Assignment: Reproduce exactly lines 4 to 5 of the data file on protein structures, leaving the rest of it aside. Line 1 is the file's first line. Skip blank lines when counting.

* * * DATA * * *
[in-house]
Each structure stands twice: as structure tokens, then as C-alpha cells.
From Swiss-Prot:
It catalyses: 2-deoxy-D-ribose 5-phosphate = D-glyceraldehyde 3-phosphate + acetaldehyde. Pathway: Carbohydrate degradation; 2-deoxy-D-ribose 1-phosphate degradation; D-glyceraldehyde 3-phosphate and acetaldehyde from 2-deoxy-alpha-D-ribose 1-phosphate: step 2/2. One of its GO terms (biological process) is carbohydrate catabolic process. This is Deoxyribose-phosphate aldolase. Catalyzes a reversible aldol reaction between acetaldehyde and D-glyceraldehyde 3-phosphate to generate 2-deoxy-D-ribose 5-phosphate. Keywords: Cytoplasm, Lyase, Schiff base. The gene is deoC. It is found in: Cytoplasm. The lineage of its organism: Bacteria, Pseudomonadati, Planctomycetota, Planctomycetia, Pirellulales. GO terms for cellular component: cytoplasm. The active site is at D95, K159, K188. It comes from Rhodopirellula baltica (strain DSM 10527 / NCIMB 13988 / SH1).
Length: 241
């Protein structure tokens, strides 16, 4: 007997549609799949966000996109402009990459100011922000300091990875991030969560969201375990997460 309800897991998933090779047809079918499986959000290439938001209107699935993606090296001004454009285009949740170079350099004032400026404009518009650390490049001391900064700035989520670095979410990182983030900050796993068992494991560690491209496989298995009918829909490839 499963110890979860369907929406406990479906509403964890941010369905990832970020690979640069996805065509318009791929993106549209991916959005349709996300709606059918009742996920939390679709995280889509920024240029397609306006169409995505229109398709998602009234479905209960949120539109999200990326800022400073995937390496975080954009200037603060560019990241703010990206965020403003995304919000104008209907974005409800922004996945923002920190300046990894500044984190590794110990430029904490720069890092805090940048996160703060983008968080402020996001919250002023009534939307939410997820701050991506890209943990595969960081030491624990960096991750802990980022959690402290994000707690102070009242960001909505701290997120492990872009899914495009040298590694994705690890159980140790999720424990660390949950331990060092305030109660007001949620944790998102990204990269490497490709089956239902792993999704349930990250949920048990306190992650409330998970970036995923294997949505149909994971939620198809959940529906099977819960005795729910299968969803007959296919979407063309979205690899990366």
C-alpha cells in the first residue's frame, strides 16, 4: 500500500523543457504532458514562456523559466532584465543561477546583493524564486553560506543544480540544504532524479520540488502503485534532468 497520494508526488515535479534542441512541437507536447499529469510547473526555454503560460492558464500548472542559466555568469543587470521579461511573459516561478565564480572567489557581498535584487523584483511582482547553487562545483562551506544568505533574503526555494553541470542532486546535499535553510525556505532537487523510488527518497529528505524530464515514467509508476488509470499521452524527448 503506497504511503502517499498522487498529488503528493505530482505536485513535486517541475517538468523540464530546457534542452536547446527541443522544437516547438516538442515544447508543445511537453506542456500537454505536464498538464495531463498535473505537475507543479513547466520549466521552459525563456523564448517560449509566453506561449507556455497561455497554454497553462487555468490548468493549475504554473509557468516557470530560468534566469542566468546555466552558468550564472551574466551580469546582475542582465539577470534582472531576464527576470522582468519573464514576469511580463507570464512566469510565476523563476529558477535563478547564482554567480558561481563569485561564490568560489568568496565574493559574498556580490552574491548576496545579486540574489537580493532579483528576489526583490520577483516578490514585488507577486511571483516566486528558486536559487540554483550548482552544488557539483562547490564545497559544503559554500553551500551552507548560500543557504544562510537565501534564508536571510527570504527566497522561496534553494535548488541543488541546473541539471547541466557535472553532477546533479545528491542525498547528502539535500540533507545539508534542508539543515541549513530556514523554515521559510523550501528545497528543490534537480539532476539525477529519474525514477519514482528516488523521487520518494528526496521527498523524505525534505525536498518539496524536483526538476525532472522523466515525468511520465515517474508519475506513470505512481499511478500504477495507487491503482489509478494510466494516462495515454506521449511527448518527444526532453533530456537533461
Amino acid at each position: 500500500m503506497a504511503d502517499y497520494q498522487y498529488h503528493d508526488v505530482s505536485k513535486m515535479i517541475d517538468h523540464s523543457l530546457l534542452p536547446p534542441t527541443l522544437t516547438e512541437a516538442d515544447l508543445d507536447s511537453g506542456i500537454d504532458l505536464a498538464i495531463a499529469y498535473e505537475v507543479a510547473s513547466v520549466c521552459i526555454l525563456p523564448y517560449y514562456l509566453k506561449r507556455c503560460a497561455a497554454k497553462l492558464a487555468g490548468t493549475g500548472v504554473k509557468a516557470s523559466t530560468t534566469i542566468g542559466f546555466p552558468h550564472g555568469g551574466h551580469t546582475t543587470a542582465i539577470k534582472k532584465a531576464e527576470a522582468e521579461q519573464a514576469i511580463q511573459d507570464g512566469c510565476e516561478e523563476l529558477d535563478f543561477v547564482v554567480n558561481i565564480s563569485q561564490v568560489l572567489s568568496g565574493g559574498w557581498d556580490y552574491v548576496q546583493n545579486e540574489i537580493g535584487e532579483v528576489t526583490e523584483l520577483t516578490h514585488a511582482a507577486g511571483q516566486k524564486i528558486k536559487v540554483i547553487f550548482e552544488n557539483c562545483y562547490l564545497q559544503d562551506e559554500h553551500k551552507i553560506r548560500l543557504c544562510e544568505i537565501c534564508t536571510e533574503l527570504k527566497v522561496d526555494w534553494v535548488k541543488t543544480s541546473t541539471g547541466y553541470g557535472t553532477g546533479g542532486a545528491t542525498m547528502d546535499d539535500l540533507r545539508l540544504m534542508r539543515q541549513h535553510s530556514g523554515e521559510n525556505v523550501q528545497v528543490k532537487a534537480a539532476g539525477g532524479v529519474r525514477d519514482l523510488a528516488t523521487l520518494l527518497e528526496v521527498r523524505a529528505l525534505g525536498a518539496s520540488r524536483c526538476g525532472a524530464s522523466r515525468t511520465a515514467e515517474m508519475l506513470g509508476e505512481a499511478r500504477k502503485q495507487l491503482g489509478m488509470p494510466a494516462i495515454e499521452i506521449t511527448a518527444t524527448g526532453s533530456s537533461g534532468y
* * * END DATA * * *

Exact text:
It catalyses: 2-deoxy-D-ribose 5-phosphate = D-glyceraldehyde 3-phosphate + acetaldehyde. Pathway: Carbohydrate degradation; 2-deoxy-D-ribose 1-phosphate degradation; D-glyceraldehyde 3-phosphate and acetaldehyde from 2-deoxy-alpha-D-ribose 1-phosphate: step 2/2. One of its GO terms (biological process) is carbohydrate catabolic process. This is Deoxyribose-phosphate aldolase. Catalyzes a reversible aldol reaction between acetaldehyde and D-glyceraldehyde 3-phosphate to generate 2-deoxy-D-ribose 5-phosphate. Keywords: Cytoplasm, Lyase, Schiff base. The gene is deoC. It is found in: Cytoplasm. The lineage of its organism: Bacteria, Pseudomonadati, Planctomycetota, Planctomycetia, Pirellulales. GO terms for cellular component: cytoplasm. The active site is at D95, K159, K188. It comes from Rhodopirellula baltica (strain DSM 10527 / NCIMB 13988 / SH1).
Length: 241